Will homes soon be powered and operated all from a smartphone? “There are smarter phones, so why not smarter homes?” Alexander Ljung, SoundCloud CEO, told USA Today. “It’s perhaps natural that the phone is a remote control for a lot of things. Touch-screens are replacing buttons.” A range of home devices could soon all be controlled by a phone or tablet, from kitchen appliances to washers and dryers, lights, pools, and windows, says tech experts. Major tech companies like Apple, Microsoft, Google, and Samsung are eyeing home technology as a booming business and are introducing a range of products for wired and automated homes. For example in May, Microsoft debuted an operating system for homes, called HomeOS, that connects smartphones, game consoles, wireless routers, home automation devices, tablets, and security cameras, all for easier access, sharing files, and syncing. The attention to wired homes also is causing architects to take a closer look at how they design and build homes so that they can better incorporate the new gadgets, blending them into kitchens, living rooms, and bedrooms, USA Today reports. For example, entertainment centers need sound systems and screens within walls, and architect Tom Kinslow notes that smart windows are larger than traditional windows. A range of products are being developed to outfit these high-tech homes. For example, flexible displays built into kitchen appliances will be able to tell home owners the proper temperature to cook an item at or even whether something has spoiled in the refrigerator. Bossa Nova Robotics is even developing a robot maid that will be able to complete house chores while home owners are away at work. Source: USA Today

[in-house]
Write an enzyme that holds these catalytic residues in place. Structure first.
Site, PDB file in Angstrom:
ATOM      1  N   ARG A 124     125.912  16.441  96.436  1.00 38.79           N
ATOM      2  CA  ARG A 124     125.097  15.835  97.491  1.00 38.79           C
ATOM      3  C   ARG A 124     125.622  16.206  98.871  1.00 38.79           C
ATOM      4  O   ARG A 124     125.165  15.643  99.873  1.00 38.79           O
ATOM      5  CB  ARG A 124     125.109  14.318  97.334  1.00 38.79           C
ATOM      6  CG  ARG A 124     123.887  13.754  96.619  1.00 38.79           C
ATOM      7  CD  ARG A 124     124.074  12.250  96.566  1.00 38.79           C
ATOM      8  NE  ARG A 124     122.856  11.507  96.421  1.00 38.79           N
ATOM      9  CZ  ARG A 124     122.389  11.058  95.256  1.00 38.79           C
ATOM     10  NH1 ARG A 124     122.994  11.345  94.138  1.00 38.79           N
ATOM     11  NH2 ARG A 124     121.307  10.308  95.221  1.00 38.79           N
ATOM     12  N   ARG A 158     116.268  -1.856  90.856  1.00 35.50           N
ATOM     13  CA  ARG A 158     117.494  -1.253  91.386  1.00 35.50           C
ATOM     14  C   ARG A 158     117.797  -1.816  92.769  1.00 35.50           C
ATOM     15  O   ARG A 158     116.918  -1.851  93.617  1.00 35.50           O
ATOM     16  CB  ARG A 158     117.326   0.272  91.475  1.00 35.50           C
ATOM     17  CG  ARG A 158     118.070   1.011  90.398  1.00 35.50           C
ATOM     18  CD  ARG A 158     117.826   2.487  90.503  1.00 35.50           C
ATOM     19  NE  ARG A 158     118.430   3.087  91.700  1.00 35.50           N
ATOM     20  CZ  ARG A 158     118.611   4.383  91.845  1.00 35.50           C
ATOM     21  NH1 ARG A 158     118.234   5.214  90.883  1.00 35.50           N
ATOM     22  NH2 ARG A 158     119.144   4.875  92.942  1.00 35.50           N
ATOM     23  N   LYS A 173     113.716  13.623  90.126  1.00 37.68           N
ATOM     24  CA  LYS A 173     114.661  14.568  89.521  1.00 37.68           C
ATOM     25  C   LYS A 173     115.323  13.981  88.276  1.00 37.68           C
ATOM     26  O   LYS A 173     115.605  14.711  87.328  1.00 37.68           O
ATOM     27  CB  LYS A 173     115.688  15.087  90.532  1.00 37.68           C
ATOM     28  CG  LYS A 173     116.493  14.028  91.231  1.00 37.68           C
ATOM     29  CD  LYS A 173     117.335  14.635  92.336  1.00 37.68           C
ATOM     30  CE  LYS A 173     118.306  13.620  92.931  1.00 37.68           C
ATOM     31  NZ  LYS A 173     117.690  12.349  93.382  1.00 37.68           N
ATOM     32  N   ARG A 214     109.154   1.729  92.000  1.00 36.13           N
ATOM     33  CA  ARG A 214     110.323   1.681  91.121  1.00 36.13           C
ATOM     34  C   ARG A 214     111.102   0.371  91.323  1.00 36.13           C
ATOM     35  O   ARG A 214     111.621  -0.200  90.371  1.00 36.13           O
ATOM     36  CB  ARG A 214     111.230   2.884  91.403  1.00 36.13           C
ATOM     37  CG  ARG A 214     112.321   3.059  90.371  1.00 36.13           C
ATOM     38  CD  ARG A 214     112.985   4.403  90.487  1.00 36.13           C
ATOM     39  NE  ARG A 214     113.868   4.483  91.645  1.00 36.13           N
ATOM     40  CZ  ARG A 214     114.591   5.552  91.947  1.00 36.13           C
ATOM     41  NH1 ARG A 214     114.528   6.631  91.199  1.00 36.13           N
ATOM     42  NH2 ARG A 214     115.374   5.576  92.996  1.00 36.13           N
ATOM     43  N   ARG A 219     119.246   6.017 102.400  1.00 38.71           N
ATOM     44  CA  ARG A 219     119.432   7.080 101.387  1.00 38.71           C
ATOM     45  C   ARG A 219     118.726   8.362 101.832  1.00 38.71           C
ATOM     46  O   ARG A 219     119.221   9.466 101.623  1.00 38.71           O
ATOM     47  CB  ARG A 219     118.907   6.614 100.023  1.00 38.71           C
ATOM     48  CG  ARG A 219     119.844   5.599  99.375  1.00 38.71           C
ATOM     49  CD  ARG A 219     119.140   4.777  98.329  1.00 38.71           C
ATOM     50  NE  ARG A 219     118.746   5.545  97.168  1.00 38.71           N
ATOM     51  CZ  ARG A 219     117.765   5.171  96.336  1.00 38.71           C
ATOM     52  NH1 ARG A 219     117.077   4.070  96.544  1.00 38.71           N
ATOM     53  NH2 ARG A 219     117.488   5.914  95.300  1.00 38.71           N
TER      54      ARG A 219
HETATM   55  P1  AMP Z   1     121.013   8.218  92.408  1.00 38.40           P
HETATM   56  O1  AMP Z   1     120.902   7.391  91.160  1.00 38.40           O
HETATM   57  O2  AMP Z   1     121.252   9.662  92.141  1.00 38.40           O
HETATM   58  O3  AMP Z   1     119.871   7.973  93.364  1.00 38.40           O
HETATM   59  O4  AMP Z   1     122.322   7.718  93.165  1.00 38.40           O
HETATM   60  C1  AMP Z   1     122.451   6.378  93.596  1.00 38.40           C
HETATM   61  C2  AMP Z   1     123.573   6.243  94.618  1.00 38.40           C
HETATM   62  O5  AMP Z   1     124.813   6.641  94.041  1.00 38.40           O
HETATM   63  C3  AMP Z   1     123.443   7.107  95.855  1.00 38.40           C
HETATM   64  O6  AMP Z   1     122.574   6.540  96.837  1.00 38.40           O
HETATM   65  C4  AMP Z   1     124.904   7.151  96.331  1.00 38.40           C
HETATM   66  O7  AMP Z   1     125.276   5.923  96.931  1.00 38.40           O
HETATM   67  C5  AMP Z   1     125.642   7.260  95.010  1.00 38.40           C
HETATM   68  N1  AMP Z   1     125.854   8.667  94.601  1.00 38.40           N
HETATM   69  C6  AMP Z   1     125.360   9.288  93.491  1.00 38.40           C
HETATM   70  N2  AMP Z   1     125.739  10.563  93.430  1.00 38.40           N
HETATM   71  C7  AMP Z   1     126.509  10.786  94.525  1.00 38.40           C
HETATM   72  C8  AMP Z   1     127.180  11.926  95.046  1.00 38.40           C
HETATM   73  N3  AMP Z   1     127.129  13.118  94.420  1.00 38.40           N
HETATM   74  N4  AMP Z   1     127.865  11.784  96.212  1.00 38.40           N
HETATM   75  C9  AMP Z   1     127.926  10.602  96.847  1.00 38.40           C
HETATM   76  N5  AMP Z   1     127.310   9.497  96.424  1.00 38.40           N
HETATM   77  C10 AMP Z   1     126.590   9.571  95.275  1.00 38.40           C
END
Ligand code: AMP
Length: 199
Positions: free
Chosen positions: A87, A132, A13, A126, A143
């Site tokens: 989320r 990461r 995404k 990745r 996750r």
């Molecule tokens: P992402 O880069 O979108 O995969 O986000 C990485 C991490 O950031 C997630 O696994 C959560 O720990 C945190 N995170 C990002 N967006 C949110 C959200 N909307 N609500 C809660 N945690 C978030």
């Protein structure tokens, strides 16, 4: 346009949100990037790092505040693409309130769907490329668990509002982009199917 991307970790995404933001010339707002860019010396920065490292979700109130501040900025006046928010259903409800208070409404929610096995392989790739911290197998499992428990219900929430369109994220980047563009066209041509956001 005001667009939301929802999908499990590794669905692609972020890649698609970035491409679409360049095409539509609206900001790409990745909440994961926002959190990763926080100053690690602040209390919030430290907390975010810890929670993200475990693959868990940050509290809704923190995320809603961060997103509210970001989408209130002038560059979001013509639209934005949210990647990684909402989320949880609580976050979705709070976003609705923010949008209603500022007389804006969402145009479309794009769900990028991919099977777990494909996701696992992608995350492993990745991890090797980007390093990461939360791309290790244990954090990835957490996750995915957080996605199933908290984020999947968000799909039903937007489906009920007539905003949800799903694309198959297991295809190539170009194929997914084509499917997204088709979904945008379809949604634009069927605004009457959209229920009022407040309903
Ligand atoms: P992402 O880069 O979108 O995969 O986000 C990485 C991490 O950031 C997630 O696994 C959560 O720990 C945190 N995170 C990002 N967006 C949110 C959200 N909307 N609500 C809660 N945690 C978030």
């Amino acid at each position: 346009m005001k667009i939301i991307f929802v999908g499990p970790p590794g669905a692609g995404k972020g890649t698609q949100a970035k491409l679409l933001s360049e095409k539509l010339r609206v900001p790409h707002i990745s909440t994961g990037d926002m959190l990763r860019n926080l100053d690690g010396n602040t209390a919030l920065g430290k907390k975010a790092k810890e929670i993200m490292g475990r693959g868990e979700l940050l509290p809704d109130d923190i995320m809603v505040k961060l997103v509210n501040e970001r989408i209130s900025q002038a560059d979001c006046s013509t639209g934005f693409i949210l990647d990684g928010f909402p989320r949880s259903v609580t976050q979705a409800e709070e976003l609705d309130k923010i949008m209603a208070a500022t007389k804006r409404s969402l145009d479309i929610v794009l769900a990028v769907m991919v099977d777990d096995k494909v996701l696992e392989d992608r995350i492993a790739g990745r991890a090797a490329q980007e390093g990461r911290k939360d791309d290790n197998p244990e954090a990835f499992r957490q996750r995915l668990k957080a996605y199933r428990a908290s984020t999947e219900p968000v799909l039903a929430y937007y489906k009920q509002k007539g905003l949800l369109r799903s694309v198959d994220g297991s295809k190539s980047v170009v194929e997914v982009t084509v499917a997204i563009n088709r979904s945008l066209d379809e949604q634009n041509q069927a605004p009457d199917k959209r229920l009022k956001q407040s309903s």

Veros Real Estate Solutions has announced that analysis of its data shows compelling evidence that the national real estate market has hit bottom and is now in a full recovery. This is the conclusion of the company’s VeroFORECAST real estate market forecast for the 12-month period ending Dec. 1, 2013, updated quarterly and covering 975 counties, 335 metro areas, and 13,586 zip codes. The forecast update shows significant improvement on a national basis, indicating that on average the top 100 metro areas can expect 1.2 percent appreciation over the next 12 months. This is the second quarter in a row where this index has shown forecast appreciation. Highly notable is the re-emergence of several very strong market forecasts, with Phoenix appearing again as the top market with over 10 percent annual appreciation predicted. This is the first time since 2006 that Veros has forecast double-digit annual appreciation in any market. In addition, the depreciating markets are becoming less severe, with the worst markets in the -2 to -3 percent range, which is a typical level of depreciation of the poorest performing markets even during healthy market periods. For the first time since the recession began, on a national level, two-thirds of all markets are expected to either be flat or appreciating during the coming 12 months. Source: Veros
A big growth in new household formation is expected to drive up housing starts in the new year that will outpace the apartment boom, according to forecasts by Freddie Mac’s Chief Economist Frank Nothaft. Nothaft is forecasting a net growth of 1.2 to 1.25 million new households in 2013 that will provide a big boost to housing starts next year. That expected growth also will likely drive down apartment vacancy rates to 10-year lows and outpace the boom in new apartment construction, Nothaft says. Unemployment is expected to improve slightly in 2013 and the job and income gains will help jump-start more household formation, according to Nothaft. Also, more adult children who took up residence in their parents’ homes are expected to move out next year, helping to increase household formation. “The last few months have brought a spate of favorable news on the U.S. housing market with construction up, more home sales, and home-value growth turning positive,” Nothaft says. “This has been a big change from a year ago, when some analysts worried that the looming ‘shadow inventory’ would keep the housing sector mired in economic depression. Instead, the housing market is healing, is contributing positively to GDP and is returning to its traditional role of supporting the economic recovery.” Source: RISMedia